In 2018, at one of the Friday drop-in sessions we held at Longcauseway Church, we were visited by a gentleman who brought some artwork and a sketchbook which his elderly neighbour had given him, saying that she had been in possession of them for many years, but she was not related to the artist.
To our surprise and great joy the signatures on these works were those of Luke Clegg Leadbeater, whom we recognised instantly as one of the men whom we had researched and who sadly died in World War 1.
Luke Clegg Leadbeater
1898 – 1917
Luke was born in Newcastle upon Tyne in 1898. His father was also Luke Leadbeater, a Dyer and later a Template Maker at an Ordnance Works, born in Gomersal in 1864 and died in 1899. His mother was Sarah Elizabeth (nee Clegg) born in Staincliffe, Batley in 1864 and died in 1917. They were married in 1885.
All their children were born in Newcastle. They were; William Henry, born in 1887 and died 1901, Ann, born in 1891, Olive, born in 1893 and Lily, born in 1896 and died in 1910.
Sarah was remarried in Newcastle in 1901 to Fred Rowbottom (born in Kirkheaton in 1875 and died in 1953) they had a daughter Elizabeth, born in 1901 and died in 1902.
On the 1901 Census the family lived at 15, Elswick Road, Newcastle and in 1911 at Back Fern Royd, Huddersfield Road, Dewsbury.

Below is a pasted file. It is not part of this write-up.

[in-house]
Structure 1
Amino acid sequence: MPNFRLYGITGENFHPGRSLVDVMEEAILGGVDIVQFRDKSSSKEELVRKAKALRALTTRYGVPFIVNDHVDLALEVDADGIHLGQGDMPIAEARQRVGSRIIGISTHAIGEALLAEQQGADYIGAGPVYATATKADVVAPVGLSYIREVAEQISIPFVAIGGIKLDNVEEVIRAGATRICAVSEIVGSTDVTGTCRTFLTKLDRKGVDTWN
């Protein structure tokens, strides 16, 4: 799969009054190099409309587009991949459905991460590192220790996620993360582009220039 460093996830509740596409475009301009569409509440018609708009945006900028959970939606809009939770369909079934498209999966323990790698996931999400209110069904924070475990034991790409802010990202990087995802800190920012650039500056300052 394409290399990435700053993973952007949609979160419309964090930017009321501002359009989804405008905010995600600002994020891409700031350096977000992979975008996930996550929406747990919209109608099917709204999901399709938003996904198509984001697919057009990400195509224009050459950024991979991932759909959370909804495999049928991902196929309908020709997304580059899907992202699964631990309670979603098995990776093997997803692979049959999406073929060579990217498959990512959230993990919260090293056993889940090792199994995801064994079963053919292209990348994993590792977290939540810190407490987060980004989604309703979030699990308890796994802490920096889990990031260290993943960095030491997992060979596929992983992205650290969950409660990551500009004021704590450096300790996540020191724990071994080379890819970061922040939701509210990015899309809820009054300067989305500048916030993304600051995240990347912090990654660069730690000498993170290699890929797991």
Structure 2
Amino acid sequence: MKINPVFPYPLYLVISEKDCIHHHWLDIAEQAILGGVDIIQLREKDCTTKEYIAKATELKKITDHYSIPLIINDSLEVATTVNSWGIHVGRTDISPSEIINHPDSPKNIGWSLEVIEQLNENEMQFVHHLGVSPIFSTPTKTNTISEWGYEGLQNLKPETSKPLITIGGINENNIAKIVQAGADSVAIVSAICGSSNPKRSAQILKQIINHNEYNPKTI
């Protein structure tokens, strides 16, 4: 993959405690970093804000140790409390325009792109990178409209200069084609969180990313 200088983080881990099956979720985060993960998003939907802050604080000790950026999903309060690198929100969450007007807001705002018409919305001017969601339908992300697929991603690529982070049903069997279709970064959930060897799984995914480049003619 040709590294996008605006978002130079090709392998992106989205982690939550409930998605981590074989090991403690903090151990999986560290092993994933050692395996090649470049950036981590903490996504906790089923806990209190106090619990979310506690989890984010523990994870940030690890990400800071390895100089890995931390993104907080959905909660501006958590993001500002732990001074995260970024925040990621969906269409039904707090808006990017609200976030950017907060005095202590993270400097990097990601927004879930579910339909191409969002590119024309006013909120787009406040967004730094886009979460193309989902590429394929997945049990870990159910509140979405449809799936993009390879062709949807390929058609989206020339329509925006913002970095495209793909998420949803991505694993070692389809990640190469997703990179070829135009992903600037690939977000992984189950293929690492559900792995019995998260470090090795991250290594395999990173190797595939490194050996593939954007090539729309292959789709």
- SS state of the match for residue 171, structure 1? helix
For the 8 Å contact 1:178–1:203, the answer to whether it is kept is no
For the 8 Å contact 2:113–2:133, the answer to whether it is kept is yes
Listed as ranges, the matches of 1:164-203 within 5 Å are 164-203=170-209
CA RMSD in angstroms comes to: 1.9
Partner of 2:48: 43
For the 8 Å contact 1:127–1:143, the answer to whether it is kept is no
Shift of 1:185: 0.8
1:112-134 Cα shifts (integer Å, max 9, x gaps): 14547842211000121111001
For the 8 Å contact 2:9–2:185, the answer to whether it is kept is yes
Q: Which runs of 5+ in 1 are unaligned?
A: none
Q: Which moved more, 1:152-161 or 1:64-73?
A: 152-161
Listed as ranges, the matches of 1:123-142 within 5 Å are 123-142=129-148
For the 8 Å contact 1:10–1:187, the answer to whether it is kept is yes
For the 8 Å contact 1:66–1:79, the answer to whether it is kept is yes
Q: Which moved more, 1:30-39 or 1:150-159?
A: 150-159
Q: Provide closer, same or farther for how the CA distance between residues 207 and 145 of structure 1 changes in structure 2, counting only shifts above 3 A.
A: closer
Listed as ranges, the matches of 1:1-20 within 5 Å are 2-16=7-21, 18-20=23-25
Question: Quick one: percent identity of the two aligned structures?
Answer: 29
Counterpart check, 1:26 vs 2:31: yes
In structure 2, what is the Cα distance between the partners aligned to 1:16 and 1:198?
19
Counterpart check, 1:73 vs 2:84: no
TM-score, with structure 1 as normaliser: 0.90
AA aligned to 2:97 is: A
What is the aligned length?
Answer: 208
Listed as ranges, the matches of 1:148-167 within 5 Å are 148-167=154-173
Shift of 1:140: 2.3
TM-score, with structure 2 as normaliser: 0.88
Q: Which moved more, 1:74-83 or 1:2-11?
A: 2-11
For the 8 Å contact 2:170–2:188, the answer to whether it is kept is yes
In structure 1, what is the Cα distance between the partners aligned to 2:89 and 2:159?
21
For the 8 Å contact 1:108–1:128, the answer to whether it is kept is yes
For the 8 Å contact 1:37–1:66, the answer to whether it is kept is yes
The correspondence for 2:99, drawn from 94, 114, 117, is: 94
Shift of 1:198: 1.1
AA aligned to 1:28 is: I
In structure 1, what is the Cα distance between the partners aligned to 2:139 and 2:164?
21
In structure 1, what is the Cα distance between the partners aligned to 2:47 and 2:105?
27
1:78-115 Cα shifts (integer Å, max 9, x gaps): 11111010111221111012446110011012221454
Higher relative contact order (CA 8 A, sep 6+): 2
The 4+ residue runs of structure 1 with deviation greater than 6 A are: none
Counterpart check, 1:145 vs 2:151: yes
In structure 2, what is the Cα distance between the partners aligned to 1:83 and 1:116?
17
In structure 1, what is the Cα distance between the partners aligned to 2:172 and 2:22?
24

Luke was unmarried but had a fiancée. He attended Ravensthorpe United Methodist Church and Sunday school. He was employed by Messrs Jas Smith and Sons as a Glazer.
He was also a very talented artist and attended Dewsbury School of Art where his works were featured in exhibitions and received merit awards.
He enlisted on February 14th1917 serving as Private 26576 in the 1st/5th Duke of Wellingtons (West Riding Regiment) and was sent to the Western Front on 11th October 1917. He was killed in action on 22nd November 1917 at Zonnebeke near Ypres during the Battle of Passchendaele and was buried in the field. In 1919 his remains were reburied in Aeroplane Cemetery, West-Vlaanderen, Belgium. Luke was awarded the British War Medal and the Victory Medal.
His lifelong friend George Ledgard was killed at Cambrai the following day. They had both attended the same Church, Sunday school and both had worked at Jas Smiths. Lance Corporal Arthur Sheard wrote to Luke’s fiancée Sarah giving the details of his death; he had been sheltering in a dug-out in the trenches when a shell came over killing him and another soldier.
Luke is commemorated on the Dewsbury Cenotaph in Crow Nest Park and in the Dewsbury Roll of Honour kept in Dewsbury Central Library and on the Ravensthorpe War Memorial in St. Saviours Church and on the Memorial Plaque in the porch of the now closed St. Matthew’s Church, Westtown.
Headstone photograph by courtesy of Ms. Danielle Roubroeks, Antwerp, Belgium.